Harry Bexley (with Jim Weldon)
Interviewed by: Philip A. LaPorte; February 14, 2007
Transcript info: 81 pages (1 Digital Copy)
Accession No: L2009-01
Harry Bexley was born in his family homestead of Bexley, Georgia, in 1922. He grew up in Coweta County and graduated from Starr High School1941. While attending the Woodrow Wilson College of Law, he joined the International Brotherhood of Electrical Workers, Local 613 (Atlanta, GA), and went on to serve as business manager for many years.
Bexley talks briefly about his family background and years before attending Law School and joining the International Brotherhood of Electrical Workers. He discusses in detail obtaining the land for the IBEW Local 613 building and the IBEW Auditorium (named after Bexley). Bexley also talks about developing a pension plan for the IBEW and for the National Electrical Contractors Association, implementing reciprocity for traveling electrical workers, and the beginnings of the IBEW Local 613 apprenticeship hall. A large portion of the interview also covers his role as a labor official in the Georgia labor movement and his dealings with Georgia politicians, judges and governors, including Richard Russell, Carl Sanders, Lester Maddox, Jimmy Carter, Zell Miller, Roy Barnes and William B. Hartsfield.
Union Represented: International Brotherhood of Electrical Workers
Dorothy Bolden (Thompson)
Interviewed by: Chris Lutz; August 31, 1995
Transcript info: 54 pages (3 Digital Copies)
Accession No: L1995-12.03
Dorothy Bolden was born during the 1920s in Vine City, Georgia. She attended Washington High School through the eleventh grade. Bolden served as an Atlanta domestic worker for 41 years. She became politically active in the 1960s, and founded the National Domestic Workers Union in 1968. She also served as vice-president of the Black Women Coalition of Atlanta, and worked for both the State and National Departments of Labor.
Bolden discusses her background—childhood in the African American community in Atlanta during the Great Depression, her faith, marriage, and children. She also talks about the effects of World War II on her family—loss of all male relatives. She discusses racial violence during the 1950s and 1960s. Regarding inter-racial episodes Bolden states, “They [whites] did some awful things to you, you know, to make you want to fight them.” An important aspect of Bolden’s life is her involvement in the civil rights movement—Student Non-violent Coordinating Committee (SNCC), Dr. Martin Luther King, Jr., the Ku Klux Klan, and Women’s rights. She also had a leading role in organizing domestic workers c.1968 (Domestic Workers Union) and speaks of the problems with other unions. Finally, Bolden discusses her part in trying to save historic Vine City.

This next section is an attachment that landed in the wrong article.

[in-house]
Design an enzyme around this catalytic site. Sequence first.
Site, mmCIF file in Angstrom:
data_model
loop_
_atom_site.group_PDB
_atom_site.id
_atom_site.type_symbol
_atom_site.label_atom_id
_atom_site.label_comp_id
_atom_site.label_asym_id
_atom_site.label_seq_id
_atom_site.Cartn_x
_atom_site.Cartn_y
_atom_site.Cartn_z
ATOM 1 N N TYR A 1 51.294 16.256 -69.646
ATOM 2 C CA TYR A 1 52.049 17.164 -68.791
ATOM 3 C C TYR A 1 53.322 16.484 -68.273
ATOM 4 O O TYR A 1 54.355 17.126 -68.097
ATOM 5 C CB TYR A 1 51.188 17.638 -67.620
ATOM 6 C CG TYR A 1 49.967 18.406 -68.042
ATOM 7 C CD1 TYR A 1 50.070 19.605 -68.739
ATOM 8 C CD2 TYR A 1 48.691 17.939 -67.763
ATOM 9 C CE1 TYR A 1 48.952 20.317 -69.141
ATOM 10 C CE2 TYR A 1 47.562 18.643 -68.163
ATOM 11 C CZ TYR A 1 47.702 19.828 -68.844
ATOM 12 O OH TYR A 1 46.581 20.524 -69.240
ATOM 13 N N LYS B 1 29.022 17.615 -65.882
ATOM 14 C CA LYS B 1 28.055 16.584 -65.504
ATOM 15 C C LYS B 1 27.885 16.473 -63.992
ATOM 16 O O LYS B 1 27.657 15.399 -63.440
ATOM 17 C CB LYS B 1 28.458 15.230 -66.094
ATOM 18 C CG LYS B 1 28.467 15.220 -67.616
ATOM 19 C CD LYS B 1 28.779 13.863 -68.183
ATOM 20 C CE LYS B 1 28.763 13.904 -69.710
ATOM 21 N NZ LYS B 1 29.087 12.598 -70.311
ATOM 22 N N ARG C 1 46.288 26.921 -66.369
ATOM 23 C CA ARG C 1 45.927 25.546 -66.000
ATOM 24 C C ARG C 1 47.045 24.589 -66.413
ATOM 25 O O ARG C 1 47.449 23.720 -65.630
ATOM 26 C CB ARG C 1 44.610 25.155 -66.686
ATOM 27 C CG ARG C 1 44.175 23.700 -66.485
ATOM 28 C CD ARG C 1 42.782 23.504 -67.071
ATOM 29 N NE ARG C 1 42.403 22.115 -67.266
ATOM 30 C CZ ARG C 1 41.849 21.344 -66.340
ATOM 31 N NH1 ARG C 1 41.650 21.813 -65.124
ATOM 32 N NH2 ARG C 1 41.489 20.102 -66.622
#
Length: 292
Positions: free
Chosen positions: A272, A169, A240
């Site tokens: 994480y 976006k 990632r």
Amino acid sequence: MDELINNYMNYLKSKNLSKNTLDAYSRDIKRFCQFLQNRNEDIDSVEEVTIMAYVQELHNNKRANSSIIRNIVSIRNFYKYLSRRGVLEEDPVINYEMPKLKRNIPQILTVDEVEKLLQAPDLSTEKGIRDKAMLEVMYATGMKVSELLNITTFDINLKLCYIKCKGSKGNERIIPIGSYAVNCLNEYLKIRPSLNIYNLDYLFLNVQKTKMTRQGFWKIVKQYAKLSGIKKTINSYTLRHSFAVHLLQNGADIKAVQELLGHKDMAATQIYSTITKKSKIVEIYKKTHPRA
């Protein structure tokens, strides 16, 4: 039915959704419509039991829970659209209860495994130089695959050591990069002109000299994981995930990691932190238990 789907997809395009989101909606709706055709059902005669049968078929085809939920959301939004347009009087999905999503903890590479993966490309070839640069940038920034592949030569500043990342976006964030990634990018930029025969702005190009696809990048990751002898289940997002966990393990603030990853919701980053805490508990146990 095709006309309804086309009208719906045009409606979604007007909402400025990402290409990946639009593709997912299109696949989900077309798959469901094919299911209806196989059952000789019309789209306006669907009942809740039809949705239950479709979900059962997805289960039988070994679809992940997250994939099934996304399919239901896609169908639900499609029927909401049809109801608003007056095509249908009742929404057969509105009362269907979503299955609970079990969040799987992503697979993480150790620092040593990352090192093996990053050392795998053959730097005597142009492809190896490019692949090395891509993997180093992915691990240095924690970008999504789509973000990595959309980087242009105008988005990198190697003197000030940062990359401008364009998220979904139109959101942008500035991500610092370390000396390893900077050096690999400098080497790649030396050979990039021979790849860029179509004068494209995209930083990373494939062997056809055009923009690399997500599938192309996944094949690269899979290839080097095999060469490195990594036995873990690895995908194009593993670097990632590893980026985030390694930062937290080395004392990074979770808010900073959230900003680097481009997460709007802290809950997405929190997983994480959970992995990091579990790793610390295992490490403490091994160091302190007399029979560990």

Union Represented: National Domestic Workers Union
See also: Dorothy Bolden interview in Georgia Government Documentation Project
Interviewed by: Chris Lutz; August 29, 1995
Transcript info: 73 pages (3 Digital Copies)
Accession No: L1995-12.04
Nick Bonnano was born August 3, 1927 in New York City. He attended New York University’s School of Business and later graduated from the International Ladies Garment Workers Union Training Institute in 1951. Bonnano was closely associated with the leadership of the International Ladies Garment Workers Union (ILGWU) and, besides playing an important role as an organizer, he held a long list of important positions. He served as Assistant Director of the Southeastern Division of the ILGWU from 1956 to 1965, Associate Director of the Central Organizing Department of the ILGWU in 1966, Associate Director of the Upper South Department of the ILGWU in 1969, Regional Director of the Southeastern division of the ILGWU beginning in 1969. He was elected vice-president of the national ILGWU in 1971 for many years and served as a member of the ILGWU’s General Executive Board.
Bonnano tells of growing up in New York City, vivid descriptions of life in the Bowery, father a dress presser, mother a doll dresser. He attended classes at New York University, was involved with the American Labor Party, and worked as a sewing machine operator, attending “Dubinsky’s Institute”—classes on the history and theory of labor, for training labor leadership, established by David Dubinsky. Bonnano was sent to the South as an organizer for the International Ladies Garment Workers Union (ILGWU). He tells vivid stories of picketing knitting mills in North and South Carolina, going to jail in Asheville, North Carolina, on the eve of his wedding. Bonnano discusses the civil rights movement and its impact on unions. He discusses his own work to integrate unions. He discusses the merger between the ILGWU and the men’s clothing makers union -- under the new name UNITE. He makes candid remarks about major union, political figures, and the North American Free Trade Agreement (NAFTA).